But Chow is not allowed to know which foreign power she was supposedly representing. The prosecution has said disclosing this information would “harm public interest,” and is concealing that information.

It makes it sound as though Chow was working with the CIA, Mossad, Russian FSB or some other shadowy spy service. But the prosecution has refused to confirm that they claim she was serving as a foreign agent for the Japan branch of the Federation for a Democratic China, a Canadian group that champions democracy in China. The federation was set up, like Chow’s Hong Kong Alliance in Support of Patriotic Democratic Movements of China, after the Chinese army opened fire on pro-democracy demonstrators in Tiananmen Square in 1989.

Far from being a foreign spy, then, it appears Chow was simply cooperating with an overseas organization working toward the same end as her group, pushing the cause of democracy in China, and remembering June 4. When the prosecution opposed a bail application by Chow, it submitted a screenshot of the Federation for a Democratic China’s Web site in support of the move to deny her bail. Despite that apparent mistake, the magistrate told the prosecution that it did not have to answer questions about the identity of the organization. During the trial, it has emerged that Chow’s group allegedly received HK$20,000 (US$2,548) from “Organisation 4,” thought to be that Japanese group.

Chow says she has “great difficulty” presenting her case, since the court and prosecution are “playing hide and seek,” refusing to allow her to describe the purpose of her now-disbanded group in Hong Kong, refusing to allow her to describe what the group in Japan does, and refusing to confirm what “foreign force” she was supposedly representing.

You have to sympathize with her. The Hong Kong puppet government, police force and prosecutors have alleged in multiple cases that pro-democracy advocates were agents of “foreign forces,” but have never stipulated what the foreign forces are. Like Chow, prosecutors have made it sound like they’ve been working as spies, but the organization can be an innocuous one that’s simply based overseas, or as in Chow’s case one serving a similar purpose that is legal but contrary to Beijing’s wishes.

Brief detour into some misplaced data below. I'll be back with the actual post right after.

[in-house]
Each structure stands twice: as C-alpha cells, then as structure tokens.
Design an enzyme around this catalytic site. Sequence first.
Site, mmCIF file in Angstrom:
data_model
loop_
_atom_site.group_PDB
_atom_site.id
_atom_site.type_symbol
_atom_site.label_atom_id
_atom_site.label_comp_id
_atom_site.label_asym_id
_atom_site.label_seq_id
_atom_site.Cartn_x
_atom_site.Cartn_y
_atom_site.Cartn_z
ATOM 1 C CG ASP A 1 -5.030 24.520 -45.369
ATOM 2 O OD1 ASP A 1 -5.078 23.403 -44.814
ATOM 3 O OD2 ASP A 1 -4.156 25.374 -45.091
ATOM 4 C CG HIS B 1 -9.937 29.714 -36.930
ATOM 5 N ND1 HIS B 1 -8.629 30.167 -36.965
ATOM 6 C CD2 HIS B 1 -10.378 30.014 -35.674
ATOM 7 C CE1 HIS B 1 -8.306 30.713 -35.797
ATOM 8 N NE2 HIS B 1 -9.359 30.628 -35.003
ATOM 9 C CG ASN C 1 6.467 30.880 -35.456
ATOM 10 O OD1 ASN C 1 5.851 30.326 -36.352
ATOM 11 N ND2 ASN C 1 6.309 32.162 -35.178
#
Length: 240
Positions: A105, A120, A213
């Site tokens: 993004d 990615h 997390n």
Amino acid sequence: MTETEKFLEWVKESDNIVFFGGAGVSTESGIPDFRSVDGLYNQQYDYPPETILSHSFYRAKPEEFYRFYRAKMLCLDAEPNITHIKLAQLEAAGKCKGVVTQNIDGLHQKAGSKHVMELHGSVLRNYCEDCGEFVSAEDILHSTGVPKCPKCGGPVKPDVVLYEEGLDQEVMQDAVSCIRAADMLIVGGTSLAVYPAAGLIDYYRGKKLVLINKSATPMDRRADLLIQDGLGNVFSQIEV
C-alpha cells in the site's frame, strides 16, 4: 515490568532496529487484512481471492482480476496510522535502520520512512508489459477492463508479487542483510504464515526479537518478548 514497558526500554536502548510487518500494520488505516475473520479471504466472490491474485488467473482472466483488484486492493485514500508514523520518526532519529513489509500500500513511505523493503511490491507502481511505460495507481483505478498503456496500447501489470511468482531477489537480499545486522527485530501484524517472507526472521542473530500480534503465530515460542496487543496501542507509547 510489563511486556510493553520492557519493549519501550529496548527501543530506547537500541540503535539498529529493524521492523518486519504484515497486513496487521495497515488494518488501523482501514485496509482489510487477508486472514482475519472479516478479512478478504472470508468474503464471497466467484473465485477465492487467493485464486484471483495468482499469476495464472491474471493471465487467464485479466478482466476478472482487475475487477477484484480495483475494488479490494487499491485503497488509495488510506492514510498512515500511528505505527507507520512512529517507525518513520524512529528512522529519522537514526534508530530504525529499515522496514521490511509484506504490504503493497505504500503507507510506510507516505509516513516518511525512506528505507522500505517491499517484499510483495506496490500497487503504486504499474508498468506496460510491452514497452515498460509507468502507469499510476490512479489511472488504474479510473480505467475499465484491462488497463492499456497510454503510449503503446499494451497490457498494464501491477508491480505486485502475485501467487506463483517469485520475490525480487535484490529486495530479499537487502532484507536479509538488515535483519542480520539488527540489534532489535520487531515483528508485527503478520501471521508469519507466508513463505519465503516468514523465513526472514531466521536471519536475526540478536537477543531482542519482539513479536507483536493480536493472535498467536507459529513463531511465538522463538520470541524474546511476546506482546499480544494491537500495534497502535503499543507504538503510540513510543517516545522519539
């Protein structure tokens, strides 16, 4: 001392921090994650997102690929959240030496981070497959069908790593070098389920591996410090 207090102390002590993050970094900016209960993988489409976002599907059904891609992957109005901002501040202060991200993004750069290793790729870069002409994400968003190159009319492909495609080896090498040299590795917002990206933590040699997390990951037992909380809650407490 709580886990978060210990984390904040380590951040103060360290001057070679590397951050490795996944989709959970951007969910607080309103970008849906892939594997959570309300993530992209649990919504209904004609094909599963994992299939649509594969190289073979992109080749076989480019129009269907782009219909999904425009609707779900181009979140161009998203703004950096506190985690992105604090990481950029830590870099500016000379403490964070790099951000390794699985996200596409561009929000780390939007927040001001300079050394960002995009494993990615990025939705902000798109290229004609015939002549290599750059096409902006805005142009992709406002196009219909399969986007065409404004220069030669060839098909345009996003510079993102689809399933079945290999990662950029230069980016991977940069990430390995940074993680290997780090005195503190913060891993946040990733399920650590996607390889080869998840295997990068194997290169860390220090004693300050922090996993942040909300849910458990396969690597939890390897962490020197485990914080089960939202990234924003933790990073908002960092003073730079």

The police arrested 10,279 people during the pro-democracy protests in Hong Kong in 2019. They have prosecuted 2,893 of them, including 517 minors under the age of 18. They have often held others without bail and for extended periods.

The U.S. government issued a business advisory in July 2021 cautioning companies doing business in Hong Kong to heed sanctions, as well as a new law in mainland China promising to punish companies that do enforce sanctions. “A failure to comply with U.S. sanctions can result in civil and criminal penalties under U.S. law,” the U.S. Departments of State, the Treasury, Commerce and Homeland Security warned.

It noted that U.S. individuals and entities are prohibited in engaging in certain transactions with blocked “persons,” unless they get a license expressly to do so. The U.S. Treasury’s Office of Foreign Assets Control, which would grant that license, “strongly encourages organizations subject to U.S. jurisdiction, as well as foreign entities, including foreign financial institutions,” if they do business with U.S. companies or individuals, to use a “risk-based approach to sanctions compliance” with an official sanctions program.

The ongoing crackdown in Hong Kong continues, often in ridiculous fashion. On Thursday, two people were convicted of sedition and jailed for clapping in court, and criticizing a judge during a previous hearing involving a leader of the Tiananmen Square massacre memorial event. One had reportedly accused the judge of deciding the case according to a political agenda, while pastor Rev. Garry Pang Moon-yuen reportedly told the judge “You have lost your conscience.” Both were charged with sedition, rather than contempt of court, with Pang imprisoned for one year.